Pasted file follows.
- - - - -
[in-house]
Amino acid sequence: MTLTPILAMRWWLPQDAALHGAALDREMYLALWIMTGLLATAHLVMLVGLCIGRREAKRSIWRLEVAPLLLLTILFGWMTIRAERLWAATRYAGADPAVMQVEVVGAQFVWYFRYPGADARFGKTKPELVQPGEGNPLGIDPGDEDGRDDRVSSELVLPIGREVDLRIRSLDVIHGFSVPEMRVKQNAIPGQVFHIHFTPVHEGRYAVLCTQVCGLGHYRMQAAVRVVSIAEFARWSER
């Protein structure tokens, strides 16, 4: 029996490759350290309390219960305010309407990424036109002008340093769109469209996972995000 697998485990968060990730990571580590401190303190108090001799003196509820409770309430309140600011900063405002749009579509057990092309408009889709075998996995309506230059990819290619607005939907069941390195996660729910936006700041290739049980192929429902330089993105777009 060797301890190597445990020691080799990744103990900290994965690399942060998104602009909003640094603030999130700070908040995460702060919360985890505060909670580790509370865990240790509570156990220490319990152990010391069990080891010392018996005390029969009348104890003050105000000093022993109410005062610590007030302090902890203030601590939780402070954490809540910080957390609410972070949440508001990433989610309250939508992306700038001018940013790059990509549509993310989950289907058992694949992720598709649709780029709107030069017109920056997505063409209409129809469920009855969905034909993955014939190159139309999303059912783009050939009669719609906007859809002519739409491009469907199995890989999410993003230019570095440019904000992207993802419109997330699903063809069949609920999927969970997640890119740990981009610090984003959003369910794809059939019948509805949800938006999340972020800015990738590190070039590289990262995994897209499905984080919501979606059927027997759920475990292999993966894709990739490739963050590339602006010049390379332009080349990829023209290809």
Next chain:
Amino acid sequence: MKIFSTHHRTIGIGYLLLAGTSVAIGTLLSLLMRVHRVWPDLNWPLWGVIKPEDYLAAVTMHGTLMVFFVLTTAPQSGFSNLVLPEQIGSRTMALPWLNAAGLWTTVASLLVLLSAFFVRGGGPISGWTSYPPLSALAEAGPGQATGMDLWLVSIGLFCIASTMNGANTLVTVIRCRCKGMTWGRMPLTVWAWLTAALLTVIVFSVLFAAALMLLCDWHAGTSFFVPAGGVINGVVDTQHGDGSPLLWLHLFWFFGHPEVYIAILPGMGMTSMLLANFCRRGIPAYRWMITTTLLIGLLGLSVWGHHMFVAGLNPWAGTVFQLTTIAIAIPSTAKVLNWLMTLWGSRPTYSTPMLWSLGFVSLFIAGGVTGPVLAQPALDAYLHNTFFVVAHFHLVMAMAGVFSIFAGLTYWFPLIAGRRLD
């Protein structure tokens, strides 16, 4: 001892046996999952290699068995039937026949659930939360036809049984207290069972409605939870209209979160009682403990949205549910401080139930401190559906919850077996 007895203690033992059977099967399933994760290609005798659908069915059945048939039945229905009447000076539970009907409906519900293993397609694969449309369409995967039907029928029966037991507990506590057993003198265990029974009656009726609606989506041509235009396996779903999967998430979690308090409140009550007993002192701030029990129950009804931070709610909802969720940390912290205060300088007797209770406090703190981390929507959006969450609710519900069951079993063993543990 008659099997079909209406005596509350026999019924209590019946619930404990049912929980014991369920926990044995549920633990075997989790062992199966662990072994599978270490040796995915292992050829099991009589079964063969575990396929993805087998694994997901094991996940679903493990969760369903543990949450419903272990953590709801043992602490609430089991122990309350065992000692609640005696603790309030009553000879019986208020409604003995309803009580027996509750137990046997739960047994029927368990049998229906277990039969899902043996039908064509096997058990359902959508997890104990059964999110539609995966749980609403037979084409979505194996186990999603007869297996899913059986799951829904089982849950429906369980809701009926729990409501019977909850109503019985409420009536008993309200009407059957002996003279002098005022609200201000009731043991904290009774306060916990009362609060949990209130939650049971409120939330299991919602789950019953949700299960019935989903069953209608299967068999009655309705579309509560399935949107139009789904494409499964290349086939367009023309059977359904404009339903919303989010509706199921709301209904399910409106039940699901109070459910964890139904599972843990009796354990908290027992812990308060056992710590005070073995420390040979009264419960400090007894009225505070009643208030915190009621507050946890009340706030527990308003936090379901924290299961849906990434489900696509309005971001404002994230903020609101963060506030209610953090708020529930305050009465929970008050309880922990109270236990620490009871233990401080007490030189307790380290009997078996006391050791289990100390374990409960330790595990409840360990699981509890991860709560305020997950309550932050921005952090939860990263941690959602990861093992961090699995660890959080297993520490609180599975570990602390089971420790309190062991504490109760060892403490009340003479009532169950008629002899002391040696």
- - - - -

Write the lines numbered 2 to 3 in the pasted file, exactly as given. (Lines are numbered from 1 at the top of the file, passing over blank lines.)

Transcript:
Amino acid sequence: MTLTPILAMRWWLPQDAALHGAALDREMYLALWIMTGLLATAHLVMLVGLCIGRREAKRSIWRLEVAPLLLLTILFGWMTIRAERLWAATRYAGADPAVMQVEVVGAQFVWYFRYPGADARFGKTKPELVQPGEGNPLGIDPGDEDGRDDRVSSELVLPIGREVDLRIRSLDVIHGFSVPEMRVKQNAIPGQVFHIHFTPVHEGRYAVLCTQVCGLGHYRMQAAVRVVSIAEFARWSER
């Protein structure tokens, strides 16, 4: 029996490759350290309390219960305010309407990424036109002008340093769109469209996972995000 697998485990968060990730990571580590401190303190108090001799003196509820409770309430309140600011900063405002749009579509057990092309408009889709075998996995309506230059990819290619607005939907069941390195996660729910936006700041290739049980192929429902330089993105777009 060797301890190597445990020691080799990744103990900290994965690399942060998104602009909003640094603030999130700070908040995460702060919360985890505060909670580790509370865990240790509570156990220490319990152990010391069990080891010392018996005390029969009348104890003050105000000093022993109410005062610590007030302090902890203030601590939780402070954490809540910080957390609410972070949440508001990433989610309250939508992306700038001018940013790059990509549509993310989950289907058992694949992720598709649709780029709107030069017109920056997505063409209409129809469920009855969905034909993955014939190159139309999303059912783009050939009669719609906007859809002519739409491009469907199995890989999410993003230019570095440019904000992207993802419109997330699903063809069949609920999927969970997640890119740990981009610090984003959003369910794809059939019948509805949800938006999340972020800015990738590190070039590289990262995994897209499905984080919501979606059927027997759920475990292999993966894709990739490739963050590339602006010049390379332009080349990829023209290809």